To emerge from the darkness at the Divisional Stadium, Chittagong seemed distinctly odd. Kevin Pietersen is a big player for big games in big stadiums. But how he needed his innings yesterday in a small game (or at least as small as big games get) in a small stadium.
He batted with complete diligence and concentration. Throughout the week he had practised with fervour and he could not let that go to waste. Of course, he could have done with one more run to complete his 17th Test hundred and it was appropriate that his nemesis, as so often lately, was a left-arm spin bowler.
"One run is really insignificant, though it may not look it on the scoreboard, and I'd have taken 99 this morning, that's for sure," he said. "Funny things happen to cricketers on 99 all around the world."
Pietersen's form in Bangladesh had been abject and he knew it. He had accrued 69 runs from seven innings and apart from having virtually a constant net session, wearing out the part-time bowlers of the port city, he had sought advice.
He name-checked the present England coach, Andy Flower, and he mentioned that he had rung the great India batsman, Rahul Dravid, for advice. He did not mention Duncan Fletcher, but Fletcher has assured the world in his newspaper column that Pietersen had rung him, too.
Fletcher, who eschews publicity if he can, would presumably not want to be left out when it comes to judging who might have saved a man's career. Pietersen might have wished to be cautious in naming a former England coach to spare the present one's feelings.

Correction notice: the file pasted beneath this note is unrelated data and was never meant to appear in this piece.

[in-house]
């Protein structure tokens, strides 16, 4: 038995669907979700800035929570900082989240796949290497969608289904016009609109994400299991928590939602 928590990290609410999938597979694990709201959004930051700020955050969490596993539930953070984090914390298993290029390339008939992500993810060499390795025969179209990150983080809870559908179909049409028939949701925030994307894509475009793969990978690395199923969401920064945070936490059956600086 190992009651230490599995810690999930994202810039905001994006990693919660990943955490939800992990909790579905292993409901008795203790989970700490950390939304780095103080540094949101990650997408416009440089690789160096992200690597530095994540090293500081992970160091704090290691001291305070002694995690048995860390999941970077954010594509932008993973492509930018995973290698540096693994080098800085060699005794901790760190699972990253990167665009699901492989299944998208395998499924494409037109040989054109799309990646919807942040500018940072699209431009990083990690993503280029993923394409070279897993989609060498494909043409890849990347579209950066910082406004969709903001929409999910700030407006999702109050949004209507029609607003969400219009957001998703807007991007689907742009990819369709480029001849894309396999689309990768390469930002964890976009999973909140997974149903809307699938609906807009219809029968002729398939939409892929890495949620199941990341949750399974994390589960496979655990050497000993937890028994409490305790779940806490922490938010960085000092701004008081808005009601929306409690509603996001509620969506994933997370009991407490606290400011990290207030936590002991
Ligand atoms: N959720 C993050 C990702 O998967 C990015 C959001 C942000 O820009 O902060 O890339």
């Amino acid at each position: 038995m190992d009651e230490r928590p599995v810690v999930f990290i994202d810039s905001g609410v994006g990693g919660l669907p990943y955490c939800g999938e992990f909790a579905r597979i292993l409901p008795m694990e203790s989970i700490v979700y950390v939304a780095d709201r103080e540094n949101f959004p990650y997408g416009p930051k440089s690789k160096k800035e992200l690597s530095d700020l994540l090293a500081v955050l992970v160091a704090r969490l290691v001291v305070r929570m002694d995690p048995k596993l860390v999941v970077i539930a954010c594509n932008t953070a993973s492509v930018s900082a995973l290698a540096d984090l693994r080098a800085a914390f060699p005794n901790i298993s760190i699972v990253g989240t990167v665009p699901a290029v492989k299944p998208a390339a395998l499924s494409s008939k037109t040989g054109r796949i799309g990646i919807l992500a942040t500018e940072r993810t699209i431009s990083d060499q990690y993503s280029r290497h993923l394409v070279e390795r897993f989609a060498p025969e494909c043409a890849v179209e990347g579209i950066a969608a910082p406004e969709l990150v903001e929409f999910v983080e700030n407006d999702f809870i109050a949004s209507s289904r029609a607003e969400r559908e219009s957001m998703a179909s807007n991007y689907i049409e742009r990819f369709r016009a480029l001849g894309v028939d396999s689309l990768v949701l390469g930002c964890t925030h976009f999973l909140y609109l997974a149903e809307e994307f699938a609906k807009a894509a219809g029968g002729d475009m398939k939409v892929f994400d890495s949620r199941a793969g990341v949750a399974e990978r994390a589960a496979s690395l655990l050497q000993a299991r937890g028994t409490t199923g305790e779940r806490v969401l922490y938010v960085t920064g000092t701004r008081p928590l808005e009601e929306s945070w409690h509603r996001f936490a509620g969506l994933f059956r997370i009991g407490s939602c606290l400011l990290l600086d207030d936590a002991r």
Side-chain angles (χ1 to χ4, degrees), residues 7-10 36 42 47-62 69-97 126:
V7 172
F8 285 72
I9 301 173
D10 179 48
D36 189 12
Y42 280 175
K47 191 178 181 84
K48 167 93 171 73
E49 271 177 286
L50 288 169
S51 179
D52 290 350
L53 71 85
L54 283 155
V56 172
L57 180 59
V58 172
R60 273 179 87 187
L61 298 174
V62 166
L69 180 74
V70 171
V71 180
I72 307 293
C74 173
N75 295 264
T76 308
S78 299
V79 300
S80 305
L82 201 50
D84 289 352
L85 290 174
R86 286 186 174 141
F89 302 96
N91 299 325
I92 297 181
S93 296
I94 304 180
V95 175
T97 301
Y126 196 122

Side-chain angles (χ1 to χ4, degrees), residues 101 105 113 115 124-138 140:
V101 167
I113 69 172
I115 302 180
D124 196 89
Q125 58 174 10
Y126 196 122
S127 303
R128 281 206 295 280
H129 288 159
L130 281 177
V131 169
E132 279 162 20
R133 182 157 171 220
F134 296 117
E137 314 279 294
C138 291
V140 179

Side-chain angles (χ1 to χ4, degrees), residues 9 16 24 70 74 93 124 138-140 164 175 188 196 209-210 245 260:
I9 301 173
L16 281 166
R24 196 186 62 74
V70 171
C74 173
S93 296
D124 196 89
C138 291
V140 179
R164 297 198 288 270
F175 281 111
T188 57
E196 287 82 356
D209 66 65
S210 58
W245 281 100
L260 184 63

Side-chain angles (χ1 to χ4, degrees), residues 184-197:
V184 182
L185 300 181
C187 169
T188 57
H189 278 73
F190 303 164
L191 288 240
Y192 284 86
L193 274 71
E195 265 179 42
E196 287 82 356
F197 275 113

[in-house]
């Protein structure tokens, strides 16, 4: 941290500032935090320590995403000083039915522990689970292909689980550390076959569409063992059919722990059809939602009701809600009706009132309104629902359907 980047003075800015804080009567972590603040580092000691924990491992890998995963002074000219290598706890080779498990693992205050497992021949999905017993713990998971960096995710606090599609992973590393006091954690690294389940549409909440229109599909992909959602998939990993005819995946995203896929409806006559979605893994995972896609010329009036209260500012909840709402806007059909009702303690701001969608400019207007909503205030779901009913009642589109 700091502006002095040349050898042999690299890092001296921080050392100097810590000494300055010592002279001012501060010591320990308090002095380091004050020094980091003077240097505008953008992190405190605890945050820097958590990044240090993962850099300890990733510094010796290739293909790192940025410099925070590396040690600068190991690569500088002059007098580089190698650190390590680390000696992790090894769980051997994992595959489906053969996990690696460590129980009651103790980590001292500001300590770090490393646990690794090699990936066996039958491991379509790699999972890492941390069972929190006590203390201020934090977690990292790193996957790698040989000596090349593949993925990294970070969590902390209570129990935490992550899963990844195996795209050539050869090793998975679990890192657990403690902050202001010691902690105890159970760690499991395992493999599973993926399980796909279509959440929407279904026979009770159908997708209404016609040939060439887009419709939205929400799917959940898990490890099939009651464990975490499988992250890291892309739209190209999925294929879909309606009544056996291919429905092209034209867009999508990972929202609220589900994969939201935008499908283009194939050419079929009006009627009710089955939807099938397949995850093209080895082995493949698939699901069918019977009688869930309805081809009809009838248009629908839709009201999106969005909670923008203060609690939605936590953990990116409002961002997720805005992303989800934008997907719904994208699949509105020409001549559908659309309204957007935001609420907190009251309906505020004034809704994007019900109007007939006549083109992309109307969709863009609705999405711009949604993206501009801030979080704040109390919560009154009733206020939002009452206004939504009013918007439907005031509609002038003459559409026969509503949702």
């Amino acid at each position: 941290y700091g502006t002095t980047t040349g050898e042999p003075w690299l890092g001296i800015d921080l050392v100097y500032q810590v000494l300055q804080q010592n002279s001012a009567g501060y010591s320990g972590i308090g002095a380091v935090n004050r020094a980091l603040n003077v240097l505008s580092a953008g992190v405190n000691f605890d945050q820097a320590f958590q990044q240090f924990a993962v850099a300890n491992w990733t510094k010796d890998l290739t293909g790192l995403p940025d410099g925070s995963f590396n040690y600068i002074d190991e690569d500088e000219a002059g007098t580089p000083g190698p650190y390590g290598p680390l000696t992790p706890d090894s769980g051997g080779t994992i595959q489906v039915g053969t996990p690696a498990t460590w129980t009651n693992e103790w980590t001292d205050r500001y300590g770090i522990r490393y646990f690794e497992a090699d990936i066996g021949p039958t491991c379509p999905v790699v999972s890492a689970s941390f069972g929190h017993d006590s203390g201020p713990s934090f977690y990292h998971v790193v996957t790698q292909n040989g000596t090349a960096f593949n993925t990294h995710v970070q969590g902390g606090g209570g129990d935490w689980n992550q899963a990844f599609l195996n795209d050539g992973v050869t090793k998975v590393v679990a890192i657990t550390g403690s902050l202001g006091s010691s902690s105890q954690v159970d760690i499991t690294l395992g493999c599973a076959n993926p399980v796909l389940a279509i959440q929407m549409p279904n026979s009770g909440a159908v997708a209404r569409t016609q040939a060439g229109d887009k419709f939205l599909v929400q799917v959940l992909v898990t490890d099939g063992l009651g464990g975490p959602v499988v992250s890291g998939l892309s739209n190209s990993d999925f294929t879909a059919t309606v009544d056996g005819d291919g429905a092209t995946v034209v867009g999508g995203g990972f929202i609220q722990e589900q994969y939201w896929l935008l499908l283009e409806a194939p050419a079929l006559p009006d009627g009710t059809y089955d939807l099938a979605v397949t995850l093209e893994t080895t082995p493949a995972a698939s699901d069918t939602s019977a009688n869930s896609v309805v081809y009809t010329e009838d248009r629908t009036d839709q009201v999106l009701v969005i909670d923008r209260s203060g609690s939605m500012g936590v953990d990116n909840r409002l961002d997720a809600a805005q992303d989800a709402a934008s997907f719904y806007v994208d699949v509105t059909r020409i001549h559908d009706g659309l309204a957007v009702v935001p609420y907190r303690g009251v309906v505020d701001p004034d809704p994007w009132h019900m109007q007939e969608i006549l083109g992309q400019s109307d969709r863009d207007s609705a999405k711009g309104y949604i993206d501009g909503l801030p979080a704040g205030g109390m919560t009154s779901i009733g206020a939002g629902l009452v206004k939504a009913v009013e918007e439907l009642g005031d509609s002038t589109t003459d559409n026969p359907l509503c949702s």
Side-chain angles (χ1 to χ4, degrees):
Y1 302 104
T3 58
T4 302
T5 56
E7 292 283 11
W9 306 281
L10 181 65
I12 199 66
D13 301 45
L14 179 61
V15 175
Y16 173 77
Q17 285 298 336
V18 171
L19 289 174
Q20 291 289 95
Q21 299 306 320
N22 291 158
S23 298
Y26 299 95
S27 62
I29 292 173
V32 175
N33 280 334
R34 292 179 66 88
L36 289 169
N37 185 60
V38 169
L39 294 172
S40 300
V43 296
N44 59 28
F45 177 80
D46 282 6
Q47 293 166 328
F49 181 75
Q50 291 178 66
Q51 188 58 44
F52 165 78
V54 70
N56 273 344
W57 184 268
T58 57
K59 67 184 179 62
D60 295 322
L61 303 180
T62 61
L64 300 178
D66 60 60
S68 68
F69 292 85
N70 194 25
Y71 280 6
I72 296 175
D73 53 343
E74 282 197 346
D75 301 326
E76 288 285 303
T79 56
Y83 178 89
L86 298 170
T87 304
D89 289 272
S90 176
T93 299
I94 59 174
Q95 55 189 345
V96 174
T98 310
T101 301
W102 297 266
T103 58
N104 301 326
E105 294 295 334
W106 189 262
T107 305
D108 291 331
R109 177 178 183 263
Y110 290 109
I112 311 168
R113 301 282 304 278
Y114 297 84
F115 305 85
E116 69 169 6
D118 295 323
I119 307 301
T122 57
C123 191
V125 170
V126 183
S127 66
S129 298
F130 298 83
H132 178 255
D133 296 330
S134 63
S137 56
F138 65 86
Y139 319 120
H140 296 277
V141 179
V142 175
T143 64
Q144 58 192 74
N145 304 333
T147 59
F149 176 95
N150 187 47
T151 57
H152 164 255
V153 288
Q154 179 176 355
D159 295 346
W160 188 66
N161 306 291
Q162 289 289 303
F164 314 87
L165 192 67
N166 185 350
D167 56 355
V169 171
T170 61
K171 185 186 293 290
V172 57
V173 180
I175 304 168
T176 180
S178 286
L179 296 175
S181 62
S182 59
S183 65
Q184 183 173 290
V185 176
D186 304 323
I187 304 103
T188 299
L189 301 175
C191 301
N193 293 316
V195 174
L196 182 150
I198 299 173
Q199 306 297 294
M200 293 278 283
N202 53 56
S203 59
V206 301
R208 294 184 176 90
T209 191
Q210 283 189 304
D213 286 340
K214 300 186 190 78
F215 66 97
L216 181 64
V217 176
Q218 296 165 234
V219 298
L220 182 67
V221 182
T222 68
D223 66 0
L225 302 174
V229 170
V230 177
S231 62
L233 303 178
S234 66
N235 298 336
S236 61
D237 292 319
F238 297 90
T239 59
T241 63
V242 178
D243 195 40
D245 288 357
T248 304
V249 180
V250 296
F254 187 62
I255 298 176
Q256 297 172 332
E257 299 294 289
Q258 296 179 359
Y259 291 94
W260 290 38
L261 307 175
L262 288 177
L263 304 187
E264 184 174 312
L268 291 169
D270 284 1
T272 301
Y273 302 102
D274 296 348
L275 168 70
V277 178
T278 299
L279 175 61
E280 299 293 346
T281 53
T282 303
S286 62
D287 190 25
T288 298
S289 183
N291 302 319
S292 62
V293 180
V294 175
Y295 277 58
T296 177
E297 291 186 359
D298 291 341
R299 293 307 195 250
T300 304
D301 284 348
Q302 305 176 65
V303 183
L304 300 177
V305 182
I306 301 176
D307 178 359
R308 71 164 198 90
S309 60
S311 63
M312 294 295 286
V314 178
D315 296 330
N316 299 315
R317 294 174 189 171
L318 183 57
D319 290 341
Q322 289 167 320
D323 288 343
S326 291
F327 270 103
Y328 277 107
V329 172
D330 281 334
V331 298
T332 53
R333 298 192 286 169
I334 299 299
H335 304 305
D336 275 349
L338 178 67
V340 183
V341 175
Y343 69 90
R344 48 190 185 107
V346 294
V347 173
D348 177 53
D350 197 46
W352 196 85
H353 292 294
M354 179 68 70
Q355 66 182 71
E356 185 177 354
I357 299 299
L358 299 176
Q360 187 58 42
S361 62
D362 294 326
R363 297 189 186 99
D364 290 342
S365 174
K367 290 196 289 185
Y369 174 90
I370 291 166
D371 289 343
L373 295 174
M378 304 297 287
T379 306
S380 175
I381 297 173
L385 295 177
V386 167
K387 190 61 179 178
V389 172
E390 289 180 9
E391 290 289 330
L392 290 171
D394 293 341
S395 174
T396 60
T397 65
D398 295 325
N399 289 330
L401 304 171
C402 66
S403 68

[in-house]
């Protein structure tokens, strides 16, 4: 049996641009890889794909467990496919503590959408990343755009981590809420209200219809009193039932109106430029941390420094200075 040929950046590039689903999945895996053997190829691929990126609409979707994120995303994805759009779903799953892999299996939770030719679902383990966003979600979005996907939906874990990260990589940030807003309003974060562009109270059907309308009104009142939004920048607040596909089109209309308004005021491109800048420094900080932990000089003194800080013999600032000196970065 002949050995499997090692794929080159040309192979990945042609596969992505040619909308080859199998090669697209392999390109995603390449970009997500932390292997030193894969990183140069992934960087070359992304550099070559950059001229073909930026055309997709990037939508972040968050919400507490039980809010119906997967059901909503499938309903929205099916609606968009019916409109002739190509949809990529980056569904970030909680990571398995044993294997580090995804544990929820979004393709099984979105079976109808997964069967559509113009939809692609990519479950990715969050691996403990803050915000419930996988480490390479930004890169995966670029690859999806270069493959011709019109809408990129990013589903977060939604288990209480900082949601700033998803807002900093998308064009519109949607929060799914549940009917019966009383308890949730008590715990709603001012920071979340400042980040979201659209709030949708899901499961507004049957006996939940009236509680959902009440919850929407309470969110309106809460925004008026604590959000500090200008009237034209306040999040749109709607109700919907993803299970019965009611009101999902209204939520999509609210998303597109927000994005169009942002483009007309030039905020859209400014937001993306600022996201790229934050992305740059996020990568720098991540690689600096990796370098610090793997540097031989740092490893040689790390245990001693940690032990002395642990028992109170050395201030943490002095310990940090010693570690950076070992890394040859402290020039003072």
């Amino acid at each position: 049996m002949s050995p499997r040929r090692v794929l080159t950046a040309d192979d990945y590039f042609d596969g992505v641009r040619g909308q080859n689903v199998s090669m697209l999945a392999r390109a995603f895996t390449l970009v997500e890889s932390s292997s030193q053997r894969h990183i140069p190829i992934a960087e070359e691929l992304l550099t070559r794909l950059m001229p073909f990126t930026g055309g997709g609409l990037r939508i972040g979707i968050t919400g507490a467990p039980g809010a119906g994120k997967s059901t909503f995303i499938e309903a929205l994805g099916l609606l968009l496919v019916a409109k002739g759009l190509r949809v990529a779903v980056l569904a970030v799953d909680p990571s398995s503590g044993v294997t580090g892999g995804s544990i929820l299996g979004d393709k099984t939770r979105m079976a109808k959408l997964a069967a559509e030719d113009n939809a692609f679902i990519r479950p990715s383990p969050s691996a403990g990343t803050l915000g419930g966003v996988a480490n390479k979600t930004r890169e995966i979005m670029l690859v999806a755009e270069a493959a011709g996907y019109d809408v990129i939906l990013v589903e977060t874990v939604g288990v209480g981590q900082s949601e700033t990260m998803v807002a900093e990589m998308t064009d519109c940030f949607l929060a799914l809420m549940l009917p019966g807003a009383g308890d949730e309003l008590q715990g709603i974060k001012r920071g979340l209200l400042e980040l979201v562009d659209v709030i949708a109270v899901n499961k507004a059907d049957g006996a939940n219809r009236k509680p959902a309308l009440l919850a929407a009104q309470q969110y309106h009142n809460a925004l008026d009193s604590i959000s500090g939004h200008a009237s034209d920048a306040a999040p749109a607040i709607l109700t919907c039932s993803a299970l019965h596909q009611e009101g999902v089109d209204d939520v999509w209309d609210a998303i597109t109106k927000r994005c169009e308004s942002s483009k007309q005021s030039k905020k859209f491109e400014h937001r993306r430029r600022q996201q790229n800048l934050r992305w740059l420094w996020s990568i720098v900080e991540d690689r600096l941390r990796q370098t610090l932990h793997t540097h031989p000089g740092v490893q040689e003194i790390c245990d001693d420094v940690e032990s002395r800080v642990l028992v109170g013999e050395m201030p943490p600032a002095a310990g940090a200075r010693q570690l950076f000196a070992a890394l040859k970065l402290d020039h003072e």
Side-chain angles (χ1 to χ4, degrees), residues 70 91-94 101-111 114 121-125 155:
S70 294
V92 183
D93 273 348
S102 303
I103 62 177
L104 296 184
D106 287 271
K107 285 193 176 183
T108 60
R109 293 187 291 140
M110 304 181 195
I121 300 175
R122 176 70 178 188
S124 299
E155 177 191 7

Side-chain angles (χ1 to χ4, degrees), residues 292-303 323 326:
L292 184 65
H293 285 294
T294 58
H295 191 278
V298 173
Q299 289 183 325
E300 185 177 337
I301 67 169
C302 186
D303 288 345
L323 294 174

"I spent hours and hours with Andy Flower in the nets and I had a long conversation with a friend of mine, Rahul, this week and he gave me a few tips," said Pietersen. "I just got a really nice message from him to say that it worked. At the end of the day they don't bat for you but you've got to find information."
Pietersen had a word for his captain Cook, who joined him as one of five batsmen to make a hundred in their first match at the England helm. "It was brilliant," he said. "I did say to him that emotion took over when I scored my hundred at the Oval and I got out the next ball. A hundred is great but 158 is even better." And 100 would have been better than 99. But he really did not mind.
Yesterday in the IPL: Shah stars for Kolkata
*Owais Shah and Angelo Mathews cracked unbeaten half-centuries as the Kolkata Knight Riders kicked off their campaign in the third edition of the Indian Premier League with an 11-run victory over champions the Deccan Chargers in Mumbai yesterday.
Mathews hit an unbeaten 65 and Middlesex's Shah, who has fallen out of favour with England, 58 not out as the Knight Riders, who finished bottom of the table last year, recovered from a poor start to finish with a respectable 161 for 4.
In reply Adam Gilchrist clobbered 54 from 35 deliveries to leave the Chargers well in control of the chase, but their opponents scripted a remarkable turnaround to restrict the Chargers to 150 for 7.